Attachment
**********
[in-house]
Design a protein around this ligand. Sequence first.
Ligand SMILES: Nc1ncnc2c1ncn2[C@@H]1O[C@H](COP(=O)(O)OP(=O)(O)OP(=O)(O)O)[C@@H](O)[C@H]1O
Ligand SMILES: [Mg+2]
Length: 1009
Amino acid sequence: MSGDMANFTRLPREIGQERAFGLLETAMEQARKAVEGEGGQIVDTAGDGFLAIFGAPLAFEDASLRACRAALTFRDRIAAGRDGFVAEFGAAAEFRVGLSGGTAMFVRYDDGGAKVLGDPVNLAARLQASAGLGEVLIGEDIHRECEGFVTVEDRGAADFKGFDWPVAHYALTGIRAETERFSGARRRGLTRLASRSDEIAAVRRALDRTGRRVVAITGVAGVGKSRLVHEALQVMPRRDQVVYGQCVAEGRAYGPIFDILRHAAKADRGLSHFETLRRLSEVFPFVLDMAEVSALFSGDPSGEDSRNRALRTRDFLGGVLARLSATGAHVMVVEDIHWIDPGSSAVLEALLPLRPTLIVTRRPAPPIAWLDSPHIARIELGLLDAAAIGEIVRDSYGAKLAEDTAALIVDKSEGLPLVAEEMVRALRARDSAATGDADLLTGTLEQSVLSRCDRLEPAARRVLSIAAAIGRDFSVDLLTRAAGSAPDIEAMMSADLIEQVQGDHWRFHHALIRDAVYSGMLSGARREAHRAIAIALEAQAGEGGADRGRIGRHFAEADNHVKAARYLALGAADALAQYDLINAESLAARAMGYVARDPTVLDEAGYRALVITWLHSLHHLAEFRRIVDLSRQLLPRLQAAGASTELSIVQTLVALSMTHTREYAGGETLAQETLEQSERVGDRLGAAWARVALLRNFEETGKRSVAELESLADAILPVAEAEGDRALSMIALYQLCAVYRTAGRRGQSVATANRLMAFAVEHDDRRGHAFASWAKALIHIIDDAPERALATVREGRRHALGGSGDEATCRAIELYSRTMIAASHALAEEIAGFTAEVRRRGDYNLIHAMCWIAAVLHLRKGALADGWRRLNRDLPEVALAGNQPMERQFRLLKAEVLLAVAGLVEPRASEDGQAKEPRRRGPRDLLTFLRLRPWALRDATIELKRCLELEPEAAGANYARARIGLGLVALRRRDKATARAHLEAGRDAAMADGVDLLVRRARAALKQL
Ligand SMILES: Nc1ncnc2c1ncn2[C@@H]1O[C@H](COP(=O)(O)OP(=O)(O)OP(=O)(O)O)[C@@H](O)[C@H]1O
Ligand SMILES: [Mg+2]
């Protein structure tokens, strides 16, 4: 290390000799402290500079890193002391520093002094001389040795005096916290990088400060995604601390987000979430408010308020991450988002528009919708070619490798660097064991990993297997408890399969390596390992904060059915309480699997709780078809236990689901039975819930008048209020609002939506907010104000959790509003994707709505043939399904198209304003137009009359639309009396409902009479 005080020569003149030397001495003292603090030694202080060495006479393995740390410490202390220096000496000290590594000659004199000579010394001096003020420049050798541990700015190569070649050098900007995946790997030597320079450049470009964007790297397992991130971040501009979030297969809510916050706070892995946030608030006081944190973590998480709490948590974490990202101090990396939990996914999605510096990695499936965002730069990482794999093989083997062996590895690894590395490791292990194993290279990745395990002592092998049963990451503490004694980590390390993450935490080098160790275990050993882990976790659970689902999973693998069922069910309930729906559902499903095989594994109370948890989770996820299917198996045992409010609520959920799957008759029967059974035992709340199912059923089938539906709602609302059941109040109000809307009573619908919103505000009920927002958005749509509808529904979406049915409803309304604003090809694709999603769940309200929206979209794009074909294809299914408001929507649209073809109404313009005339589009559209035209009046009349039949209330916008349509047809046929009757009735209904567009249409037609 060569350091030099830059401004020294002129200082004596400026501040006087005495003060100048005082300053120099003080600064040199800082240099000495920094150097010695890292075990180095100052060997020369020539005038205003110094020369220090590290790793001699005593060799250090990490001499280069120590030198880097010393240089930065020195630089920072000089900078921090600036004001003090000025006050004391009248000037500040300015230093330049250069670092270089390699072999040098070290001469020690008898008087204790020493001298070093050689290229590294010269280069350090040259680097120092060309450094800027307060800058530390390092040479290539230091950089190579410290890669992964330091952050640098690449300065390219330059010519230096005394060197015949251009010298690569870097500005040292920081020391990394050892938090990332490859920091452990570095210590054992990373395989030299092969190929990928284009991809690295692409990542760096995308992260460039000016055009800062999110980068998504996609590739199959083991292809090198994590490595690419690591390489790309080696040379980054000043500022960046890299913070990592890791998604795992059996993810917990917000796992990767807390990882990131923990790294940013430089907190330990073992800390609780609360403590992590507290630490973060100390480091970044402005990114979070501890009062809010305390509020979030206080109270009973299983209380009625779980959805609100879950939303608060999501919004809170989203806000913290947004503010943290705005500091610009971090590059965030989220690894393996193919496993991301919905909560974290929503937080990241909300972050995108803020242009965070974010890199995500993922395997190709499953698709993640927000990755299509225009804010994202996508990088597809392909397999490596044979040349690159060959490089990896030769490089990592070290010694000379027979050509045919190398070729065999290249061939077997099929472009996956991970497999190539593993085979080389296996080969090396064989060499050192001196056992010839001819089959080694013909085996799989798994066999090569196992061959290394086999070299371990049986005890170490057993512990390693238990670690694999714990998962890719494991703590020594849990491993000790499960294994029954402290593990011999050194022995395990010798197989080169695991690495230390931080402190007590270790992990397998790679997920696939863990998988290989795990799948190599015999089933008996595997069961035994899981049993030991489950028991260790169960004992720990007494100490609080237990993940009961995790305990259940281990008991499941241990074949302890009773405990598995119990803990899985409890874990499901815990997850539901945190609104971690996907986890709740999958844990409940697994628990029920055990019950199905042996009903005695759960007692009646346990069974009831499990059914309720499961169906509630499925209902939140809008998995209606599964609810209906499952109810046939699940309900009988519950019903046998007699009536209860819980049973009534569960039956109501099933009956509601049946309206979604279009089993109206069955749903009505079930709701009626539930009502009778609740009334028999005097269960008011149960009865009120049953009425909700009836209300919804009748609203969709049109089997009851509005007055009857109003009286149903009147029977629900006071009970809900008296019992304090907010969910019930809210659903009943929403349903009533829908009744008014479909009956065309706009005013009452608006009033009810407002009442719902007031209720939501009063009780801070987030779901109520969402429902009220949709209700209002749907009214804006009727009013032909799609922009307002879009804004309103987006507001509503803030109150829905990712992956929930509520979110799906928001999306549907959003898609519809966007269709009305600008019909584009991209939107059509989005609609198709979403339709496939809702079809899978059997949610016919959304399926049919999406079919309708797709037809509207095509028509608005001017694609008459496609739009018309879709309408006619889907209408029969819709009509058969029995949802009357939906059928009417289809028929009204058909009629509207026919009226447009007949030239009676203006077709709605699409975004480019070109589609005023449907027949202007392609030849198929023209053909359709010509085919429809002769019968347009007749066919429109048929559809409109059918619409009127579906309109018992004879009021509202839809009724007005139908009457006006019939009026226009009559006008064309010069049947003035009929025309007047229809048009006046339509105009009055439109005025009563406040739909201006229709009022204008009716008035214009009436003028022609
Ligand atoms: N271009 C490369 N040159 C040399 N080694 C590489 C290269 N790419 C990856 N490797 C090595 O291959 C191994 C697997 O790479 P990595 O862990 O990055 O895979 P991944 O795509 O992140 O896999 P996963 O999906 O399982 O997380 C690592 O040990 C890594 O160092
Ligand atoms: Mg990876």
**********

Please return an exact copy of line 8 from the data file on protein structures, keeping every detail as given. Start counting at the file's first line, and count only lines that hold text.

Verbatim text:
Ligand SMILES: [Mg+2]